reads the Stern Review of climate change and, like Bill Nordhaus
, does not like what he finds:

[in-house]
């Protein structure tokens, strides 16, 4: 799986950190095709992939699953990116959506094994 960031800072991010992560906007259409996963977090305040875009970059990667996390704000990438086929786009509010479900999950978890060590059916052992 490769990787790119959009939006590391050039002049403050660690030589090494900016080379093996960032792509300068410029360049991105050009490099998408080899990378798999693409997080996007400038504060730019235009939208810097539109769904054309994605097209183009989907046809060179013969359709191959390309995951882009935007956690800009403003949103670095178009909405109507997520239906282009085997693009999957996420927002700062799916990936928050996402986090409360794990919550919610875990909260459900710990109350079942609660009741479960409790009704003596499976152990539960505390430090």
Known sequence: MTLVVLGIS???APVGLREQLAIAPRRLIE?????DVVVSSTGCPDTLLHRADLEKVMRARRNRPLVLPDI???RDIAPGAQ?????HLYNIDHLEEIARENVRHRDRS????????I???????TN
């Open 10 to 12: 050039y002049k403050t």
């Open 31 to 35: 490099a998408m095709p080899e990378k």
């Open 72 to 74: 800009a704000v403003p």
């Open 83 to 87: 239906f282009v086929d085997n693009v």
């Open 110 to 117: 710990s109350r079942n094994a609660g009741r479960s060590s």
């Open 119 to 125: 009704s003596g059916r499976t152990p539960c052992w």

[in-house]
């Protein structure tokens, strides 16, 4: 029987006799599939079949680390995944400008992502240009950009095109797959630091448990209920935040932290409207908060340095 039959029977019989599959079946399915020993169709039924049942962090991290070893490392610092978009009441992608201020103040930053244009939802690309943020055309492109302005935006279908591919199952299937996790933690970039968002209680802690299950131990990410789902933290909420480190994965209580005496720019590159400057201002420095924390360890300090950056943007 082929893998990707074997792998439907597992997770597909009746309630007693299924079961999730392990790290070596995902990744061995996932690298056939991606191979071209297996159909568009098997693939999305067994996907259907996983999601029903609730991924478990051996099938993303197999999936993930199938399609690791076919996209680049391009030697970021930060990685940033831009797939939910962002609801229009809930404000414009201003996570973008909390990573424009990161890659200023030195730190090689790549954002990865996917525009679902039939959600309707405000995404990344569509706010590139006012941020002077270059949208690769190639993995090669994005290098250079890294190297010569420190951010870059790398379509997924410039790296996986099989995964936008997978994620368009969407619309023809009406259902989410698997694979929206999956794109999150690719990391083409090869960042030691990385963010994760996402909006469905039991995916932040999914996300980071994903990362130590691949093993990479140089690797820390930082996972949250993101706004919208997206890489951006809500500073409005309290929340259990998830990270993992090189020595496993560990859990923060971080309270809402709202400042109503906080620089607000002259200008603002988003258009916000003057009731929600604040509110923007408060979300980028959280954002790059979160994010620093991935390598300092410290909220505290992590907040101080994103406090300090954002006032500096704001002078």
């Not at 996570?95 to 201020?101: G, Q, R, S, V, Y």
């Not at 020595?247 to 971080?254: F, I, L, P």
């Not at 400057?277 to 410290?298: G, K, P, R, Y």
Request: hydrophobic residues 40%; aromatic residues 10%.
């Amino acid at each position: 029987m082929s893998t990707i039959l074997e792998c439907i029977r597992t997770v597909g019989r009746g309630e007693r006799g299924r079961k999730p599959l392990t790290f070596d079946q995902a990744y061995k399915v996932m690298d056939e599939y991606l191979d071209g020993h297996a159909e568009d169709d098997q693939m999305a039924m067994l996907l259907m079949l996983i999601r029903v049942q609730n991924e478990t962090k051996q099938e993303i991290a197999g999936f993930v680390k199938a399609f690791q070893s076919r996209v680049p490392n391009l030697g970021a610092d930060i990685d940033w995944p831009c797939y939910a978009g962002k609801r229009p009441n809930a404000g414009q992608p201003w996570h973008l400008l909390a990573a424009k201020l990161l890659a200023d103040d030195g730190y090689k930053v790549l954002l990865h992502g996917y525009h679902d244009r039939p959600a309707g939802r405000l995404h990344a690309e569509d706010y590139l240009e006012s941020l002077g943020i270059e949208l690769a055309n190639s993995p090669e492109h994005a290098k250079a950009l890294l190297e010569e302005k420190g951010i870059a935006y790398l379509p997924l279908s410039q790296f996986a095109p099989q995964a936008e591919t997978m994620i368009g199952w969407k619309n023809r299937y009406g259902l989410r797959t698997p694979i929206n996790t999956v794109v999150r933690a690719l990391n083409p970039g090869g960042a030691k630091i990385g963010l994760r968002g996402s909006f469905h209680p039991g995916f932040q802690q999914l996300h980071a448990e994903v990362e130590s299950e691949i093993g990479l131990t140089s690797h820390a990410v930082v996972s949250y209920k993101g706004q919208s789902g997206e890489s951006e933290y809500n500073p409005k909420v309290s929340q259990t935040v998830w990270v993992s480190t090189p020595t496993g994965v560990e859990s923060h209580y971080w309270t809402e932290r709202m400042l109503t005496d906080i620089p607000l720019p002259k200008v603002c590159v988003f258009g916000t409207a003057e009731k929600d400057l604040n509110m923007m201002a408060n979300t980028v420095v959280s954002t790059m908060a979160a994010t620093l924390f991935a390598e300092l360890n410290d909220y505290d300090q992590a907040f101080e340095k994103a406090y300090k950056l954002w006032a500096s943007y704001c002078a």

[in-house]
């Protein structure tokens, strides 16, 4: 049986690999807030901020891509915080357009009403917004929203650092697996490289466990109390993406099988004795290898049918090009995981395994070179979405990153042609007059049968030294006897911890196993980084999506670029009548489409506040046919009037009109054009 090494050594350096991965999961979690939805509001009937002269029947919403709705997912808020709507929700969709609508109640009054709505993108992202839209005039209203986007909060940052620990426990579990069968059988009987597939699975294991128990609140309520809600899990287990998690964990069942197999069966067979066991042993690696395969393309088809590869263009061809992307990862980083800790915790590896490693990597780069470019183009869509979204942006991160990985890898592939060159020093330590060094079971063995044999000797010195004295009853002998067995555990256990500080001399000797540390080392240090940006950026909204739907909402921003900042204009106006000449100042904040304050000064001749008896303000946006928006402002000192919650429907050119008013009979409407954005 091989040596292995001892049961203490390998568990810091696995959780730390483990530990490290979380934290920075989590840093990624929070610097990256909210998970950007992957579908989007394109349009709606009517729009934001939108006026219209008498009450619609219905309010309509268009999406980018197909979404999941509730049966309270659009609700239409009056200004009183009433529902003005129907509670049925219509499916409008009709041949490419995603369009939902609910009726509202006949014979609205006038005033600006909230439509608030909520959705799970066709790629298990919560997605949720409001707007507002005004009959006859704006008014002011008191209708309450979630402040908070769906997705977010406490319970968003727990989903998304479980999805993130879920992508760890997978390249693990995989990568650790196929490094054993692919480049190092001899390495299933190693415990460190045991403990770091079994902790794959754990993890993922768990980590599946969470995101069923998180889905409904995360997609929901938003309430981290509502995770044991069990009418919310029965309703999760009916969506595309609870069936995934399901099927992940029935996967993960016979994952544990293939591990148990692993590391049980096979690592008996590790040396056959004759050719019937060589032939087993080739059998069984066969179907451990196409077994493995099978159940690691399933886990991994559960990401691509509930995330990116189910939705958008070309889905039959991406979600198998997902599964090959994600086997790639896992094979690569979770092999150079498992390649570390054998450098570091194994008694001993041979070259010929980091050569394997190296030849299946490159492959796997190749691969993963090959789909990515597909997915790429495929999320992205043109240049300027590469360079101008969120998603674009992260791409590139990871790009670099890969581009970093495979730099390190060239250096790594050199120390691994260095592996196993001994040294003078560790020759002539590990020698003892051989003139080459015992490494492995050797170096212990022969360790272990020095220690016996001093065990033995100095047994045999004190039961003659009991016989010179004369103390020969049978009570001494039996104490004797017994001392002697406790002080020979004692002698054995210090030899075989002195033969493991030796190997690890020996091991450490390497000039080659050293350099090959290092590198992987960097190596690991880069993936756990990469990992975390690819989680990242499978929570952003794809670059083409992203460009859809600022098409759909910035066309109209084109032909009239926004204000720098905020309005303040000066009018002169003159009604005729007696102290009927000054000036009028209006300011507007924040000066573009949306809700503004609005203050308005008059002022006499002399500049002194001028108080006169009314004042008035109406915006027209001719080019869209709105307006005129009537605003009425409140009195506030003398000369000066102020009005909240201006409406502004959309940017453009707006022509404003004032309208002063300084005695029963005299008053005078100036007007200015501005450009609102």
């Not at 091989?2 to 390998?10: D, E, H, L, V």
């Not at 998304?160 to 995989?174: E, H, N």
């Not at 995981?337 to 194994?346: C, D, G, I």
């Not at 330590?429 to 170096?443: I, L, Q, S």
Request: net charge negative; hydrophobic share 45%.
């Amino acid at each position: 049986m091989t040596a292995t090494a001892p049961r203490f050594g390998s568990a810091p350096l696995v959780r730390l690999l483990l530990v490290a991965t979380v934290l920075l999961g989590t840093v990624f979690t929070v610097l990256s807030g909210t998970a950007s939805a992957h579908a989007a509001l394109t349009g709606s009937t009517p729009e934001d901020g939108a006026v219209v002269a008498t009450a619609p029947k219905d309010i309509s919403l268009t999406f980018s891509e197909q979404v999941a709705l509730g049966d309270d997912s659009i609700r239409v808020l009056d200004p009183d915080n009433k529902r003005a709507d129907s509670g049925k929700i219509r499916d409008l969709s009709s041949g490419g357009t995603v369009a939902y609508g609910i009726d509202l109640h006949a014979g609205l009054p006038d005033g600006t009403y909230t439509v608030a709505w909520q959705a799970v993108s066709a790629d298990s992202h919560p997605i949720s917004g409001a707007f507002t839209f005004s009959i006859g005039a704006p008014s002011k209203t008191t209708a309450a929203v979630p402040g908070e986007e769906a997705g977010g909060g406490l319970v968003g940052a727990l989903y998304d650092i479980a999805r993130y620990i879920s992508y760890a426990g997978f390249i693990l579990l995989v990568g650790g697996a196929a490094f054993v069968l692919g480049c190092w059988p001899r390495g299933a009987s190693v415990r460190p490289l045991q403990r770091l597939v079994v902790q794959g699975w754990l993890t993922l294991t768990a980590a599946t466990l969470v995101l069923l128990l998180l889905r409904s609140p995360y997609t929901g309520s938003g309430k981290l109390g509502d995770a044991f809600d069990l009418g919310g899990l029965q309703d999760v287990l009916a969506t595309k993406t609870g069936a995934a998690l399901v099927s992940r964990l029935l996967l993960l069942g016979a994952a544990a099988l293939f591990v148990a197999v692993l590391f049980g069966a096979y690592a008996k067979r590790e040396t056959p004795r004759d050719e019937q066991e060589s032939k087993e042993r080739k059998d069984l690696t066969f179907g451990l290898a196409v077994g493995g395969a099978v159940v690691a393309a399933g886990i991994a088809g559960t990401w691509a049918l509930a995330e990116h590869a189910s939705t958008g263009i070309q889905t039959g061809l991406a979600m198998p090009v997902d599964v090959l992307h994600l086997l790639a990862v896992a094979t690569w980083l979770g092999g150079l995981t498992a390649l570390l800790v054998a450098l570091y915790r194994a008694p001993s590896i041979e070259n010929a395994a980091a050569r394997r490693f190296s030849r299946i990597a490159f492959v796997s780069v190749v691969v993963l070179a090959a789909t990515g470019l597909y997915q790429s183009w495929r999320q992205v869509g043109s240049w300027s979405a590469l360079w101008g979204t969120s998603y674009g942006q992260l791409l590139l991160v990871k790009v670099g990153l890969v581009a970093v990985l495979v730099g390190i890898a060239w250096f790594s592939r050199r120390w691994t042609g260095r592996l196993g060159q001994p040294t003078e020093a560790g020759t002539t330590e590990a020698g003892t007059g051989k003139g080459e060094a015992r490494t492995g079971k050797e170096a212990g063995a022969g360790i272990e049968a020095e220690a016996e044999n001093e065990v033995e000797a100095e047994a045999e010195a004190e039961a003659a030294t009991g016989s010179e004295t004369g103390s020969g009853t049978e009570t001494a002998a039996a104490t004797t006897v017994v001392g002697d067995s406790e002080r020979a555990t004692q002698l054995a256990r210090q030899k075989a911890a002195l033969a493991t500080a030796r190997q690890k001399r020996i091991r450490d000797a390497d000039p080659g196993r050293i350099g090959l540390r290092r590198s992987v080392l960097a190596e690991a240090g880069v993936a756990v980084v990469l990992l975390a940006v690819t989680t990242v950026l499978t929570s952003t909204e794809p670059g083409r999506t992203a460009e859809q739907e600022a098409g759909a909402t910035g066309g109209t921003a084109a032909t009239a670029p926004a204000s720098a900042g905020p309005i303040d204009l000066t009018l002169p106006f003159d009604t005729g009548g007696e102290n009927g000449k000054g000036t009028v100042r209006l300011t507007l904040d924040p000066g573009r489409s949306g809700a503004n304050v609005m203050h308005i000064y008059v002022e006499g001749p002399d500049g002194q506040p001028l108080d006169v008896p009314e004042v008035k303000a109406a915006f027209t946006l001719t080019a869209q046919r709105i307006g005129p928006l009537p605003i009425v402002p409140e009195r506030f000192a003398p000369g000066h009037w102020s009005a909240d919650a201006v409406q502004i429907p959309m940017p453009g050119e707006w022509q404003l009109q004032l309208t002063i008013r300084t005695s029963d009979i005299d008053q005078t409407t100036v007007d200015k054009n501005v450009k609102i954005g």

the strong, immediate action on climate change advocated by the authors is an implication of their views on intergenerational equity; it isn't driven so much by the new climatic facts the authors have stressed....To give you an example of what I mean, suppose, following the Review, we set delta [the rate of subjective time preference] equal to 0.1% per year and eta [the elasticity of marginal utility with respect to consumption] equal to 1 [so utility is logarithmic] in a deterministic economy where the social rate of return on investment is, say, 4% a year. It is an easy calculation to show that the current generation in that model economy ought to save a full 97.5% of its GDP for the future! You should know that the aggregate savings ratio in the UK is currently about 15% of GDP. A 97.5% saving rate is so patently absurd that we must reject it out of hand. To accept it would be to claim that the current generation in the model economy ought literally to starve itself so that future generations are able to enjoy ever increasing consumption levels.Dasgupta has the right title to opine on these issues: He is the Frank Ramsey Professor of Economics at Cambridge University.